Peperoni in agrodolce + insalata di rinforzo – sour sweet peppers and a Neapolitan cauliflower salad

I am a sucker for sottolii and sottaceto, i.e. all things (generally vegetarian ) preserved in vinegar or oil :  with a hunk of bread & some cheese  I could easily lunch on them every day.
These sour sweet peppers are amongst my favourites: quick and easy, not too sharp, excellent to eat and beautiful to look at.  The brine is light and aromatic because it is made with vinegar and white whine, olive oil, spices and touch of sugar. I never bother to can them: I keep them in the fridge and use them in two to three weeks. Summer and early Autumn, when peppers are at their best, would be the ideal time to make these, but this recipe works also with the the rather dull Dutch peppers I find here all year round – somehow, to open the fridge and find a jar of these glowing peppers, in the height of winter, cheers me up.
The recipe comes from a little book of mine, published many years ago now, called Pausa Pranzo: come stare lontani dai bar e vivere felici (Lunch Break: how to stay away from coffee bars and be happy) – all about lunch break food/bento box style light lunches

Peperoni in agrodolce – sour sweet peppers

1 kg mixed yellow, red and orange peppers, washed and cut into large wedges  200 ml white wine (nothing fancy, of course); dry white vermouth can be used too
200 ml white wine vinegar
1 espresso cup of extravergin olive oil
100 g sugar
a pinch of salt
1 fresh bay leaf, 1 fresh sage leaf, 1 sprig of rosemary, a couple of sprigs of thyme
2 fat cloves of garlic, peeled and  lightly mashed
1 teaspoon black peppercorns

Mix the wine, vinegar oil, sugar, salt, herbs, garlic and pepper corns in a heavy saucepan. Bring to the boil and simmer, covered for 5 minutes.
Add the cut up peppers, and cook on high heat for 5 to 10 minutes, stirring occasionally. Cool them down without removing the lid: I tend to make them in the evening so that they are ready by the morning.
Pour into a jar and refrigerate.

Few slivers of these peppers can transform the simplest  mixed green salad into something much more appetising and they star in the beautiful Neapolitan cauliflower salad, called insalata di rinforzo , which literally means “re-inforced salad”:  the idea being that the basic cauliflower salad is then re-inforced (and made tastier) by adding other bits, pickles, olives, sun dried tomatoes ecc…This salad is traditionally prepared for Christmas, but I think it is too good to limit it to that time of the year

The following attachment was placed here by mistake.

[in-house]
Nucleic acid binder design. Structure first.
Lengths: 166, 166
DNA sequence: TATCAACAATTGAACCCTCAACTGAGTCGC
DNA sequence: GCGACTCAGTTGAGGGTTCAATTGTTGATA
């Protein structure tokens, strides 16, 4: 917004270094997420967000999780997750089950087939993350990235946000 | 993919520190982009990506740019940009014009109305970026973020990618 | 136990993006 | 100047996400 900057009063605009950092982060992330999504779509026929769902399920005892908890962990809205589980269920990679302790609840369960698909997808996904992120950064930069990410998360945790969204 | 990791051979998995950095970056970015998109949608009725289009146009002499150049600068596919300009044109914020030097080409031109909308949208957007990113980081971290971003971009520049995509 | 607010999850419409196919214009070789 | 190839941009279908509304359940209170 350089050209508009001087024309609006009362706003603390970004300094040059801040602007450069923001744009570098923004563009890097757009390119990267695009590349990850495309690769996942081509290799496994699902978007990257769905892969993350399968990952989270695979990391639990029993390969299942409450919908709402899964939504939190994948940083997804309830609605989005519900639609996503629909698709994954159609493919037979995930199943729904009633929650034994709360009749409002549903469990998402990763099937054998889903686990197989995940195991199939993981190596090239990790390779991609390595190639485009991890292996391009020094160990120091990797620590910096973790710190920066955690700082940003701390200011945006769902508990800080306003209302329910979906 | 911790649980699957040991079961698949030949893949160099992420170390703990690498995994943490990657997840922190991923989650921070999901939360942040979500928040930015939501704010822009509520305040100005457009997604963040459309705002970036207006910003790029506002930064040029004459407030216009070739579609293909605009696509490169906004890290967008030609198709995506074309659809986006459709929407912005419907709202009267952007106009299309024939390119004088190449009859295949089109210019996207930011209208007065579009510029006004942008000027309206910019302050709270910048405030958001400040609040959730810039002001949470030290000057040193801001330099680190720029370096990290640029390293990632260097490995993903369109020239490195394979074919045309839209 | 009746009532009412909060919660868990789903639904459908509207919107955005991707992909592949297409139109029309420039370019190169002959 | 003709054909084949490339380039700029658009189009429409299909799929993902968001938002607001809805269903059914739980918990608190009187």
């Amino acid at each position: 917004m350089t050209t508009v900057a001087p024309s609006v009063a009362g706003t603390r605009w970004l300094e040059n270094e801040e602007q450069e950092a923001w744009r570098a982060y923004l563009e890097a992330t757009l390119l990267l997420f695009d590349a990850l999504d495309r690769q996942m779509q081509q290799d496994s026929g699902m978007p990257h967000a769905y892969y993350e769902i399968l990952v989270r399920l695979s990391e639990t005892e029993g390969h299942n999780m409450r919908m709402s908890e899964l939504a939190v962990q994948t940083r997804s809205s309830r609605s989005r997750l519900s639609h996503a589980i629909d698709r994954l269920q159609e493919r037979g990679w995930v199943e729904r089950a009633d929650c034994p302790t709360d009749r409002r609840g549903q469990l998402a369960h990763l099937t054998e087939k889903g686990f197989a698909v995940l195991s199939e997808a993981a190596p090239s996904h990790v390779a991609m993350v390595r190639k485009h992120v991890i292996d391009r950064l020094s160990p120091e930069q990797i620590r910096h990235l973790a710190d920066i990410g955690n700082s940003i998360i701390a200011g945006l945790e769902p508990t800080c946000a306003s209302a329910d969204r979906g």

Insalata di rinforzo – Neapolitan cauliflower and pickle salad

Steam some cauliflower florets until al dente and lay them on a kitchen cloth – they will soften further  as they could down. When they feel drier but still hot, pace them in a large platter and dress them liberally with extra virgin olive oil, a little white wine vinegar and some salt. It is important to dress the vegetables whilst still hot: the flavour is really thus amplified.
Let them cool down completely. Add stoned green and black olives, slivers of sun dried tomatoes, slivers of the above sour sweet pepper, capers. few cut up cornichons and some of these gorgeous quickly pickled red onions from Deborah Madison’s The Greens Cook book.
Finish off  the salad with chopped parsley and chopped chives.
Let it rest at room temperature for an hour or so, to give all the ingredients a change to get to know each other well.

As you can see in one of the pictures, I have also used the peppers to decorate some old fashioned stuffed eggs (one of my favourite party food)

The Cauliflower salad picture is from my restaurant days, but I still make it the same way






5 thoughts on “Peperoni in agrodolce + insalata di rinforzo – sour sweet peppers and a Neapolitan cauliflower salad

  1. My sister goes wild for anything sott’aceto. I’m sure she’d love this recipe. That cauliflower salad looks fantastic—in fact it looks a lot like mine… 😉


  2. ciao david
    thanks, that’s nice of u… it is a lovely recipe, isn’t? I think I sort of devised the agrodolce from an old Hazan recipe (from Marcella cucina – the chicken in carpione I think…) and other italian sources. I just love these peppers.pls let me know if u need some translation: the Italian I used in that book is on the very, very colloquial style often (even if the recipes themselves are, mostly, in standard Italian)

    shame on a good cook as u are not to take, at least occasionally, a good packet lunch to work… u know, the book was really born out of me taking a bento box to my then office and have it on a bench in a local park (the original title was indeed “eating on a bench… “, then ti was dished by the publisher) ; especially now that spring is coming, there are no excuses
    ps do try the onion marmalade and the Escoffier’s pepper chutney: truly special


  3. I actually made the peperoni in agrodolce after I got your book in the mail. It’s nice to have this version in English, though, as well as the cauliflower salad. I served the peperoni as part of an antipasto platter and they were very popular!

    Your book is wonderful… I wish my Italian was a fraction as good a strong your English. The funny thing is that I never bring my lunch to work… I should, and I should cook my way through the book!

    Have a great weekend,


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